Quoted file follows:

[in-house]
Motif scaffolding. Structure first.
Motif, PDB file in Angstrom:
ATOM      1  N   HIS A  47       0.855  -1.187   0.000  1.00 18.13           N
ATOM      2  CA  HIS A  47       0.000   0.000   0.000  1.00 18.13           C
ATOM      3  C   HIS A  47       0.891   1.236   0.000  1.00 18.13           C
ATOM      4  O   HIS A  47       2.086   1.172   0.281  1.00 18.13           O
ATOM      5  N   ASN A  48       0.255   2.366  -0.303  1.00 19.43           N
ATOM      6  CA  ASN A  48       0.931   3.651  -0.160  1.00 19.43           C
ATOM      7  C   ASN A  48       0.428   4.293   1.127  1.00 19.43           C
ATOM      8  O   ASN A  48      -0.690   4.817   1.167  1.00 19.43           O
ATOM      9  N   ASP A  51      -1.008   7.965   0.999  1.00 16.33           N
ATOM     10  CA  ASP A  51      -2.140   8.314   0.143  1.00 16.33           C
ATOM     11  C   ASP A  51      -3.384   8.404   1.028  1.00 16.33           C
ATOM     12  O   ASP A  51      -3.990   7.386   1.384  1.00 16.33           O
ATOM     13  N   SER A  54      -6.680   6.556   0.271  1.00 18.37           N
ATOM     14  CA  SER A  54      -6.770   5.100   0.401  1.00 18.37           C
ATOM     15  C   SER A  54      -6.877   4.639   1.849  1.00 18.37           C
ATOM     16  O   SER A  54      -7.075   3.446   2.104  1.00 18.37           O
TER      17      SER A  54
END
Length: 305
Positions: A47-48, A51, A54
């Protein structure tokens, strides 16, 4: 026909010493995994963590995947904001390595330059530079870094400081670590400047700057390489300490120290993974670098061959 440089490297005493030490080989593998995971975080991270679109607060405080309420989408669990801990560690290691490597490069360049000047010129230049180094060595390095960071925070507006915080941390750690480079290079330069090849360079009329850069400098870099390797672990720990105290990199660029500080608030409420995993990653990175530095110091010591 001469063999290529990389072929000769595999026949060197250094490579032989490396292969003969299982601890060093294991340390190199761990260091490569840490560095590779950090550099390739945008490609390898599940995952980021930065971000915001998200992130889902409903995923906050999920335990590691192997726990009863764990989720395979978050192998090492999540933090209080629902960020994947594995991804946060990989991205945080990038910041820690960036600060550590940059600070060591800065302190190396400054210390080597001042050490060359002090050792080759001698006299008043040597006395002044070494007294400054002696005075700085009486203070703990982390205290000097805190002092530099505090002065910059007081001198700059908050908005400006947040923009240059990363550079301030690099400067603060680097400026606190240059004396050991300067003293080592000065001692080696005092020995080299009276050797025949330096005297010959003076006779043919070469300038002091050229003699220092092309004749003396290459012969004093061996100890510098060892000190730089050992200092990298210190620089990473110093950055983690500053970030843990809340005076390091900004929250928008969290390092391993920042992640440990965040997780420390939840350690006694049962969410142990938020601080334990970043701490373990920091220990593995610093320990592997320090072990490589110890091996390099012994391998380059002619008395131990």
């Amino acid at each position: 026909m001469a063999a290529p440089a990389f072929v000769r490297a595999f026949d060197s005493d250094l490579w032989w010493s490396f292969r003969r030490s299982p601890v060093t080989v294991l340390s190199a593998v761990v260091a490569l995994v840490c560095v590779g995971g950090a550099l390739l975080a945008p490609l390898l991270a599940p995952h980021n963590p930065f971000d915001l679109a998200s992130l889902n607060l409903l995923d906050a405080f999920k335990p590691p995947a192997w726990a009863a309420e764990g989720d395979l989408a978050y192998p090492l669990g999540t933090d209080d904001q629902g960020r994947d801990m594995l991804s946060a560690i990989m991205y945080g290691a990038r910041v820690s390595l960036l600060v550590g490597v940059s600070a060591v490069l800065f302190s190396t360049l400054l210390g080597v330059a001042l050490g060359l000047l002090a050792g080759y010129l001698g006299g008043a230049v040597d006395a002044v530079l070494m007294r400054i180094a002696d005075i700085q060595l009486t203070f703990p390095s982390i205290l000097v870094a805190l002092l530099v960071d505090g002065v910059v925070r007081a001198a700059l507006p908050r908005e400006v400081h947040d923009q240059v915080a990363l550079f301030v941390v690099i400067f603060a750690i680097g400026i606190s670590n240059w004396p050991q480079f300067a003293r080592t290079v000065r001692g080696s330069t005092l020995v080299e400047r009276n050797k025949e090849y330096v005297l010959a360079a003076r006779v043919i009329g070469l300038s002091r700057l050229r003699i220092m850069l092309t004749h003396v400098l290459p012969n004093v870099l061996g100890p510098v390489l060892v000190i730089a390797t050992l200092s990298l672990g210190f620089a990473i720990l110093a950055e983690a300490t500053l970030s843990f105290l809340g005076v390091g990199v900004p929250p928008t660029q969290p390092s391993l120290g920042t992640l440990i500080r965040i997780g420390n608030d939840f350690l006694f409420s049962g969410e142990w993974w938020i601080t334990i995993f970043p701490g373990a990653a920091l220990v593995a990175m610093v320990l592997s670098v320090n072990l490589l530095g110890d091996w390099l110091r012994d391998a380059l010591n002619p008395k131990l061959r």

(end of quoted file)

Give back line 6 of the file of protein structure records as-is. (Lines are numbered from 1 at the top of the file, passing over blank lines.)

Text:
ATOM      3  C   HIS A  47       0.891   1.236   0.000  1.00 18.13           C